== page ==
While the encryption process will be setup within the device activation process, thus making it a default setting, users will have to keep in mind that the security pin or password they put in place should remain private and secure. Let’s face it, if you lose or forget this password, you will be locked out too.
Another major benefit to device encryption, aside from being a theft deterrent, is that your personal files will no longer be able to survive a device factory reset. We recently reported that determined individuals were able to recover many personal files from a collection of devices that had been factory reset and were on their way for resale as used electronics. A little bit scary, but will not be a factor for new Android L devices.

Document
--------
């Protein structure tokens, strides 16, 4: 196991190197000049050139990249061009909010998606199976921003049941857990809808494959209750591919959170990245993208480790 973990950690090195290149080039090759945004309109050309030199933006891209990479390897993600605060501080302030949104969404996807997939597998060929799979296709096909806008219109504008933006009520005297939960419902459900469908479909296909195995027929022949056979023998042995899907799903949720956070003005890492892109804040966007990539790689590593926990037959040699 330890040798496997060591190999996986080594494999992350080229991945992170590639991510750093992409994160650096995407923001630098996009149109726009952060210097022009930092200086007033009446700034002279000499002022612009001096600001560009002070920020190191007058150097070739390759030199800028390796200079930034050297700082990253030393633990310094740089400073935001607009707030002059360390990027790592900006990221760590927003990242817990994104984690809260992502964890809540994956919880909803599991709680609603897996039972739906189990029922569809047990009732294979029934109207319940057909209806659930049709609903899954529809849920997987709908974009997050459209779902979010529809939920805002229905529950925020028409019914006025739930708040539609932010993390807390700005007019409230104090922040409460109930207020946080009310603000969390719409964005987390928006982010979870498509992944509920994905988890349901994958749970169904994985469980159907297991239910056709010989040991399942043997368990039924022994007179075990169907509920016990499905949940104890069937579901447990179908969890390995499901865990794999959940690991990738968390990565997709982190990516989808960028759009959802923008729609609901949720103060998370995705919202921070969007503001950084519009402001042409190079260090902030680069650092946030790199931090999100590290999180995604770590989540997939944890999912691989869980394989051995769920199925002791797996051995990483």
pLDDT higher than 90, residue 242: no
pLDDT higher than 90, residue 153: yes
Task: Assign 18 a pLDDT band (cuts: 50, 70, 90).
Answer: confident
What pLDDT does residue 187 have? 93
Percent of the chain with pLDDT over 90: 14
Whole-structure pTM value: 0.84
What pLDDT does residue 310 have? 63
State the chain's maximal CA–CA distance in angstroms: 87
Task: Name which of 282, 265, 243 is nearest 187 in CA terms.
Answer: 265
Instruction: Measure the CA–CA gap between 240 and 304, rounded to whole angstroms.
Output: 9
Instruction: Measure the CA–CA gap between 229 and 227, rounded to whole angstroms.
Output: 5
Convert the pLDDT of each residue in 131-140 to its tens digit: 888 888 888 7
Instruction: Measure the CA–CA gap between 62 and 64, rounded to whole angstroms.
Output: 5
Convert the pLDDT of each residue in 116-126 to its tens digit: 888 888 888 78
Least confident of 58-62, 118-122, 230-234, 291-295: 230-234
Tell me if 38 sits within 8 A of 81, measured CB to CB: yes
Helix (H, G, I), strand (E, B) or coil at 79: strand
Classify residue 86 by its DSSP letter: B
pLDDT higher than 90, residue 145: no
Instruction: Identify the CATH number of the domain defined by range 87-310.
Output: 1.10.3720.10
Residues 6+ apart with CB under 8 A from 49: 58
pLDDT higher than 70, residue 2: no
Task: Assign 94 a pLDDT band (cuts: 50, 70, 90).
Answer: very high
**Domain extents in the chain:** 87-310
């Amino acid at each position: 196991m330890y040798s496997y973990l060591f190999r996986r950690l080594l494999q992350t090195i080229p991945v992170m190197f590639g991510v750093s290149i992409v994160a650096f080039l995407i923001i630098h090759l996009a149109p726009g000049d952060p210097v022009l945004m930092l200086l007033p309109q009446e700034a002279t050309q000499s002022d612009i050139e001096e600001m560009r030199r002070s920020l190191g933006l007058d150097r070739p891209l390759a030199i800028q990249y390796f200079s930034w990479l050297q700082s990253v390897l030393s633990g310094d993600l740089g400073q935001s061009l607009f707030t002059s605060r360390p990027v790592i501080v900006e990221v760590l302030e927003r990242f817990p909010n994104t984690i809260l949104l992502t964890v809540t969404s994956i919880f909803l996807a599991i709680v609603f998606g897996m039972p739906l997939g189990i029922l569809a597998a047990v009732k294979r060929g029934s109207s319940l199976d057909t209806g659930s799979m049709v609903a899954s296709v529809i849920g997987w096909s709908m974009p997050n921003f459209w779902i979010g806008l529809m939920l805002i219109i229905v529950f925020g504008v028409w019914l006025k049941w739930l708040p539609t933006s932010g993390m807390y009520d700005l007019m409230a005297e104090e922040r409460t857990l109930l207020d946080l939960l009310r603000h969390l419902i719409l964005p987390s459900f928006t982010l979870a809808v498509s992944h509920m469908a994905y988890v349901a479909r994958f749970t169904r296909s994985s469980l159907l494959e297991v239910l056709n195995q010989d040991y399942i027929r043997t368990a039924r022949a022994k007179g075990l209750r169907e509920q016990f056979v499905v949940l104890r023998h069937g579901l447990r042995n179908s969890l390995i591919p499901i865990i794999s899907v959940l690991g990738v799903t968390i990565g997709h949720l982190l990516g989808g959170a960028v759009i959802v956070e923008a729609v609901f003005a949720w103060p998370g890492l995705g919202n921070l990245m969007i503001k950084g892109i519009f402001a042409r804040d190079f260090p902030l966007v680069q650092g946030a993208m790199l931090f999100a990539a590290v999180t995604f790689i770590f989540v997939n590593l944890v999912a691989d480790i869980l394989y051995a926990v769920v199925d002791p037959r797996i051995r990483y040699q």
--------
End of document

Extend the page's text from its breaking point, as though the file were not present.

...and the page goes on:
As a default offering, this is a great move by Google to go a step above and beyond their Android Device Manager‘s remote locate and wipe functionality to protect users and their data. We also suspect that this is a part of Google’s overall strategy to comply with new California law requiring new devices to ship with anti-theft measures baked in. It may be of note that Apple has also just announced they will have similar measures in iOS 8.
Have you been using Android’s device encryption or other more drastic security measures?
Source:: android authority